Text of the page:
Archive for August 16th, 2016

吴柳萤-陈炳顺 在加油!














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The answer to the titled question is intended to mean, a Chinese but not any Chinese. Someone from the junzi 君子 class, which is a political, governing class that comes invariably with Chinese culture (also present in Japan and Korea).

The Chinese examination system (hence, education) had in its ancient origins the sole purpose of creating such an ethical, competent and rational community — governing officials, administrators, treasurers, tax collectors, clerks, judges, bailiffs, even military officers, others, all of who were beholden to clear, established principles not to the whims of Man. This system survives to this day, in particular, in Japan, Korea, Taiwan and Hong Kong. Maybe Singapore, but who knows.

Since a thousand years ago, this class was eulogized as the Four Gentlemen depicted in the paintings below.

Still, back to the question. The answers to it are many. The most important perhaps is this: Such a PM, should the person fail or is corrupt, is easy to replace. There’s no bangsa, agama dan negara backing him; no dedak audience nor members; no Umno; no Goldman Sachs; no institutions swearing allegiance to the person; he is pretty much alone and, yet, owes nobody a fucking shit.

To find or to cultivate such a governing class, it is surprisingly easy: the education system though not, of course, the national schools or MARA or the madrassahs. Malaysia already has a branch of the junzi system in the SJKC schools, which thankfully Mahathir Mohamad couldn’t eradicate and which we, the Chinese, will fight to the death to keep and from being poisoned by the like of Ismail Sabri and his Malaiyoos.





 Qu Yuan 屈原 (c. 340–278 BC, above) was a member of the junzi class. Between ethical principle and loyalty to king, he chose neither, but death. The following was from him, in the epilogue segment of The Lament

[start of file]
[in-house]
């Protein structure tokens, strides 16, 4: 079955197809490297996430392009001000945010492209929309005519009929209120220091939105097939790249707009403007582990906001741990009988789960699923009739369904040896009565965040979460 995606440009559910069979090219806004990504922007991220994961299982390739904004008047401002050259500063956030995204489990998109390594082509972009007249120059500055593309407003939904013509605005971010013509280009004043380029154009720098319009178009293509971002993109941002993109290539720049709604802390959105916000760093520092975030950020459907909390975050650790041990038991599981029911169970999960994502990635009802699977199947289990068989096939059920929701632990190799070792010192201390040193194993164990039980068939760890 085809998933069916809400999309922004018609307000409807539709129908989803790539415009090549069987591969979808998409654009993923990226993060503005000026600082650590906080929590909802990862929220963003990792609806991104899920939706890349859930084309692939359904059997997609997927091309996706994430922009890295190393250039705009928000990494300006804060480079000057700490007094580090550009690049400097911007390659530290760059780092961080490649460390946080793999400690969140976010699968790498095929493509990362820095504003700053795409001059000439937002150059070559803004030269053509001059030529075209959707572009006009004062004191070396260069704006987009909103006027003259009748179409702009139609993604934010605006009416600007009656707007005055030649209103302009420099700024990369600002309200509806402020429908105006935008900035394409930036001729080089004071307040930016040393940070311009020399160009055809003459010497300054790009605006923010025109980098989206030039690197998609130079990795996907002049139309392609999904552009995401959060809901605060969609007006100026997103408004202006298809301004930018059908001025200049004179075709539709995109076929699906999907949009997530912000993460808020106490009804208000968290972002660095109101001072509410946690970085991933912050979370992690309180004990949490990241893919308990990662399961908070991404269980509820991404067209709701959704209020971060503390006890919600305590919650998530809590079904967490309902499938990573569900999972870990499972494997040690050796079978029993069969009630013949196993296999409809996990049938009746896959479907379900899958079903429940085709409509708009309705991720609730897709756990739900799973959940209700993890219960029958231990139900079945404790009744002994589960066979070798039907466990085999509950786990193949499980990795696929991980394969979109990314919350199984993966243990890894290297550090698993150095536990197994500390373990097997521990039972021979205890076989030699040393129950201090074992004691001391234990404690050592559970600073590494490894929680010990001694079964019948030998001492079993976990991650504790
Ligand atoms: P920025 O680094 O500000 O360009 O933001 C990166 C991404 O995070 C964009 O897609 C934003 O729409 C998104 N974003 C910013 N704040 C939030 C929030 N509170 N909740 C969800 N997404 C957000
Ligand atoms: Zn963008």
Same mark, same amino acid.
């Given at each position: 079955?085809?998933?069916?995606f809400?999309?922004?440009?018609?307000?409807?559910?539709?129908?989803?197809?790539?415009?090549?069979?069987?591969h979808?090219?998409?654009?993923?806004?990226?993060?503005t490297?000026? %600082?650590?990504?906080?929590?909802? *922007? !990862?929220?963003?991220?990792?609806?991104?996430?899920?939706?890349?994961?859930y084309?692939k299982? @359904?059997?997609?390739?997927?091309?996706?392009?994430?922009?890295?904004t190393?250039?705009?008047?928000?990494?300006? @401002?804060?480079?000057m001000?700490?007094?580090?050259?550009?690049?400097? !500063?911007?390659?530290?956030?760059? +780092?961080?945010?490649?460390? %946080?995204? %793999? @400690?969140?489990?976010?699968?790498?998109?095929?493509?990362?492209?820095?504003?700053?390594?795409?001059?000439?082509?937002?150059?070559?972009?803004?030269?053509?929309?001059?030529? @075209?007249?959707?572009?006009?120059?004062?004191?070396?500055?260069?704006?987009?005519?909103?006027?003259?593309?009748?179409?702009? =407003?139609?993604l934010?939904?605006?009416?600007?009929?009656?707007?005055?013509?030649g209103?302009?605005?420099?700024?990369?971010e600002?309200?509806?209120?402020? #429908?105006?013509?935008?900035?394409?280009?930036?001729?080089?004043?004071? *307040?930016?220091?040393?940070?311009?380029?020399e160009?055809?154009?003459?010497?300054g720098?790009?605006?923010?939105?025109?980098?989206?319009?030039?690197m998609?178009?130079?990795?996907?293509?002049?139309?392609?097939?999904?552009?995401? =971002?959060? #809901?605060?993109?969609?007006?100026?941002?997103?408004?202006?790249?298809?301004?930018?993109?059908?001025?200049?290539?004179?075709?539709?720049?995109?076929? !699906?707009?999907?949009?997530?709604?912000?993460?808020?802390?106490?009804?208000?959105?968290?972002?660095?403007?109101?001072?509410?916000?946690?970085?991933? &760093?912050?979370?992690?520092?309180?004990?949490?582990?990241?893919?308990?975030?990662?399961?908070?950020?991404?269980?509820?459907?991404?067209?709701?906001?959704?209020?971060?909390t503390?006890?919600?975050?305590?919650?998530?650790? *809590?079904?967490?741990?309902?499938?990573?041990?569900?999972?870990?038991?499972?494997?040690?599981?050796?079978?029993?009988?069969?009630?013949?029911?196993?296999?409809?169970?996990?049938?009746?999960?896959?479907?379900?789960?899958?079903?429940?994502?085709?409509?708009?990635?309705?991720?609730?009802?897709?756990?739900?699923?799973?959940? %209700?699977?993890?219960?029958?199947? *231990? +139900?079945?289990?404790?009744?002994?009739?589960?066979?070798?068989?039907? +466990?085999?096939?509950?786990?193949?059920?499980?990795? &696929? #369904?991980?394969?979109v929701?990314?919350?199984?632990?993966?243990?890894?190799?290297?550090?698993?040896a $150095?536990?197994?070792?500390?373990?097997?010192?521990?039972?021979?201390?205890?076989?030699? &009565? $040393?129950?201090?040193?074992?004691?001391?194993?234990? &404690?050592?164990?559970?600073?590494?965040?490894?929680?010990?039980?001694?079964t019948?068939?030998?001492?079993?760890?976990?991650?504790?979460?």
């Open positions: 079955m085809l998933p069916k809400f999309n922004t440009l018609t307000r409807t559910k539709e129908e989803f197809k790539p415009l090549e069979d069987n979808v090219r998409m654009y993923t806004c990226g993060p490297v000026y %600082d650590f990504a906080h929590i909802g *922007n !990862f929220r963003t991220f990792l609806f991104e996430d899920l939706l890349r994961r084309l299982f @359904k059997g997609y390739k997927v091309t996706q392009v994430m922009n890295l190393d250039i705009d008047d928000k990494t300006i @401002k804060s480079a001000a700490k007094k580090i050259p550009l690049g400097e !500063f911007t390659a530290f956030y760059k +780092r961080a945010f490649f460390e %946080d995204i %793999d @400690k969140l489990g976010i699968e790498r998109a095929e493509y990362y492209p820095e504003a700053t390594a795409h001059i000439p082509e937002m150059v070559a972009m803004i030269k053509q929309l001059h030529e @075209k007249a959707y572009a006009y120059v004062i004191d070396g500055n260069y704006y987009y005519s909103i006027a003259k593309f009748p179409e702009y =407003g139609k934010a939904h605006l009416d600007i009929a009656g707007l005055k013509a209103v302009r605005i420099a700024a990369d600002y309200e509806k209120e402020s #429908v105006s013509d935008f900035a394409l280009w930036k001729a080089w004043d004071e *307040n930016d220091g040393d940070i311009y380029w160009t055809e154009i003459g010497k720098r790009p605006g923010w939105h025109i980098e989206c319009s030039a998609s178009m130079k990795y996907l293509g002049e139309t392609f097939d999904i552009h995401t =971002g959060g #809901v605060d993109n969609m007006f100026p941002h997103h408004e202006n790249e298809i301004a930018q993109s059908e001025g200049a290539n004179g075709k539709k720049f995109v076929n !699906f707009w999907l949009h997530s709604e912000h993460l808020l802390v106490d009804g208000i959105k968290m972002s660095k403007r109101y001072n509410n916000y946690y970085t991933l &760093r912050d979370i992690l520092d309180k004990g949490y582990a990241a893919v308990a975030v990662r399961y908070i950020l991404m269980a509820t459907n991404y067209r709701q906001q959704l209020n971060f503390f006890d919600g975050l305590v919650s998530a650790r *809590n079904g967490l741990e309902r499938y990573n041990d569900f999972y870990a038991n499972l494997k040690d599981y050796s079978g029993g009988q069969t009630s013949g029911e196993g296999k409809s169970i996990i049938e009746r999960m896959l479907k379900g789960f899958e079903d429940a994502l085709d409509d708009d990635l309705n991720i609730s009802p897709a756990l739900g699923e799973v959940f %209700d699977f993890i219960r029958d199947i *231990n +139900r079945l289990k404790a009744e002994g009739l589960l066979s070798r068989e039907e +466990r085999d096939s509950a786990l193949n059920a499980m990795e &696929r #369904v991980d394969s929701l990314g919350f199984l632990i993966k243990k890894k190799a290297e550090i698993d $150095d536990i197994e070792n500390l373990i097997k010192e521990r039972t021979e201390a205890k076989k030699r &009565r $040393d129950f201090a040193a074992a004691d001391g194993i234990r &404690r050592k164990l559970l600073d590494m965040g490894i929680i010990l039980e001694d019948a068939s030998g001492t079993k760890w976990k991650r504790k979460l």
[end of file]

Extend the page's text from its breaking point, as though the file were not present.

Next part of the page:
Since in that kingdom all my virtue spurn,

Why should I for the royal city yearn?

Wide though the world, no wisdom can be found.

I’ll seek the stream where once the sage was drowned.


The poets Du Fu and Li Bai (below, modern rendering) were colleagues among members of the junzi minor officials, serving in the Tang era.

A Mohammadean reads Chinese poetry, below.



Another one: Su Dongpo 苏東坡 or 蘇東坡 (1037-1101), sometimes also named Su Shi. Less well known than Du Fu and others as poets, Su also wrote poetry when not acting as top official, someone the equivalent those days of a Chief Minister. Some 10 years into the job, he quit, weary and returned to his rural family farm. Below a translation of his piece and from which you can tell why the job tired him:

On New Year’s Eve I should be home early,

but this office full of business keeps me.

Writing-brush in hand, hiding my tears,

I face all these bound prisoners, helpless

little people scrambling for food, snared

in the law’s net, and no reason for shame.

I’m no different: adoring a meager salary,

I follow orders, losing my chance to live

quiet and far away. No telling who’s noble,

who vile: we’re all just angling for a meal.

Could I free them for the holiday at least?

I brood in shame before ancients who did.


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